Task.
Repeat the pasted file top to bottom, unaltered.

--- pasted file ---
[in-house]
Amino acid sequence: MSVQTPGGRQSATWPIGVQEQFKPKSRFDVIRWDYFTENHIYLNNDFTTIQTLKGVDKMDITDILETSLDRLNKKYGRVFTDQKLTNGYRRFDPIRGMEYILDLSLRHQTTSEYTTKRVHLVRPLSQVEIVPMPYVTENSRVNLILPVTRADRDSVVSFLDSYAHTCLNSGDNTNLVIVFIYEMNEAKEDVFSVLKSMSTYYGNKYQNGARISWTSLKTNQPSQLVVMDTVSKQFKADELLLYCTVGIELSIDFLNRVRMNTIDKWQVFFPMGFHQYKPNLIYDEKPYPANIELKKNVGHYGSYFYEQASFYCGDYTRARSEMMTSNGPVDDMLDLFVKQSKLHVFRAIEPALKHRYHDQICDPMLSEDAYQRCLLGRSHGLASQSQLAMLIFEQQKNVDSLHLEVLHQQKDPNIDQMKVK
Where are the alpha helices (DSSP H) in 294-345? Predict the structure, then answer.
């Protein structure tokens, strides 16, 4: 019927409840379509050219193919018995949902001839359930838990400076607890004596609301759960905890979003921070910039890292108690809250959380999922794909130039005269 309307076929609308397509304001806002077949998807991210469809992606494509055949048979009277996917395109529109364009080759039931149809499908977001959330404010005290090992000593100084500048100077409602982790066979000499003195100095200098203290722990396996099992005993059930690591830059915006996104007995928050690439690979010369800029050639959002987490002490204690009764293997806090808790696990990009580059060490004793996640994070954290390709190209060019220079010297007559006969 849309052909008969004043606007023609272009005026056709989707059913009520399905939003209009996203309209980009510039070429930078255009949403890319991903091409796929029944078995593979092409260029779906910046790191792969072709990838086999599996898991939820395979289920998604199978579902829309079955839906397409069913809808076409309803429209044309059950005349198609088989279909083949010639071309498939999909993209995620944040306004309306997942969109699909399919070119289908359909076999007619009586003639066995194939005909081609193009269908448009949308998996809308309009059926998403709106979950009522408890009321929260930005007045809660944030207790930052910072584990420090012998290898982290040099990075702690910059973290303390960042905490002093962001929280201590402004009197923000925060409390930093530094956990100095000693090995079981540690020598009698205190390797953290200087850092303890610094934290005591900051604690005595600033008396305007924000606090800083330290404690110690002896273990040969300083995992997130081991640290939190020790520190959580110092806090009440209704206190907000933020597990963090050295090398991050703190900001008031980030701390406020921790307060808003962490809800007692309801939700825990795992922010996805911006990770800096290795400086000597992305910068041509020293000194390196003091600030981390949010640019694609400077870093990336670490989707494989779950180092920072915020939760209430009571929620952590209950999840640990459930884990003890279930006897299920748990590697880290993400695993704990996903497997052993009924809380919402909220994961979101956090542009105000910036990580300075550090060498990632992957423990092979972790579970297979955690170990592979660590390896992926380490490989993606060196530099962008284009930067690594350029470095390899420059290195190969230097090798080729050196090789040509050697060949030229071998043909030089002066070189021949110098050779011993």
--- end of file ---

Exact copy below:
[in-house]
Amino acid sequence: MSVQTPGGRQSATWPIGVQEQFKPKSRFDVIRWDYFTENHIYLNNDFTTIQTLKGVDKMDITDILETSLDRLNKKYGRVFTDQKLTNGYRRFDPIRGMEYILDLSLRHQTTSEYTTKRVHLVRPLSQVEIVPMPYVTENSRVNLILPVTRADRDSVVSFLDSYAHTCLNSGDNTNLVIVFIYEMNEAKEDVFSVLKSMSTYYGNKYQNGARISWTSLKTNQPSQLVVMDTVSKQFKADELLLYCTVGIELSIDFLNRVRMNTIDKWQVFFPMGFHQYKPNLIYDEKPYPANIELKKNVGHYGSYFYEQASFYCGDYTRARSEMMTSNGPVDDMLDLFVKQSKLHVFRAIEPALKHRYHDQICDPMLSEDAYQRCLLGRSHGLASQSQLAMLIFEQQKNVDSLHLEVLHQQKDPNIDQMKVK
Where are the alpha helices (DSSP H) in 294-345? Predict the structure, then answer.
């Protein structure tokens, strides 16, 4: 019927409840379509050219193919018995949902001839359930838990400076607890004596609301759960905890979003921070910039890292108690809250959380999922794909130039005269 309307076929609308397509304001806002077949998807991210469809992606494509055949048979009277996917395109529109364009080759039931149809499908977001959330404010005290090992000593100084500048100077409602982790066979000499003195100095200098203290722990396996099992005993059930690591830059915006996104007995928050690439690979010369800029050639959002987490002490204690009764293997806090808790696990990009580059060490004793996640994070954290390709190209060019220079010297007559006969 849309052909008969004043606007023609272009005026056709989707059913009520399905939003209009996203309209980009510039070429930078255009949403890319991903091409796929029944078995593979092409260029779906910046790191792969072709990838086999599996898991939820395979289920998604199978579902829309079955839906397409069913809808076409309803429209044309059950005349198609088989279909083949010639071309498939999909993209995620944040306004309306997942969109699909399919070119289908359909076999007619009586003639066995194939005909081609193009269908448009949308998996809308309009059926998403709106979950009522408890009321929260930005007045809660944030207790930052910072584990420090012998290898982290040099990075702690910059973290303390960042905490002093962001929280201590402004009197923000925060409390930093530094956990100095000693090995079981540690020598009698205190390797953290200087850092303890610094934290005591900051604690005595600033008396305007924000606090800083330290404690110690002896273990040969300083995992997130081991640290939190020790520190959580110092806090009440209704206190907000933020597990963090050295090398991050703190900001008031980030701390406020921790307060808003962490809800007692309801939700825990795992922010996805911006990770800096290795400086000597992305910068041509020293000194390196003091600030981390949010640019694609400077870093990336670490989707494989779950180092920072915020939760209430009571929620952590209950999840640990459930884990003890279930006897299920748990590697880290993400695993704990996903497997052993009924809380919402909220994961979101956090542009105000910036990580300075550090060498990632992957423990092979972790579970297979955690170990592979660590390896992926380490490989993606060196530099962008284009930067690594350029470095390899420059290195190969230097090798080729050196090789040509050697060949030229071998043909030089002066070189021949110098050779011993």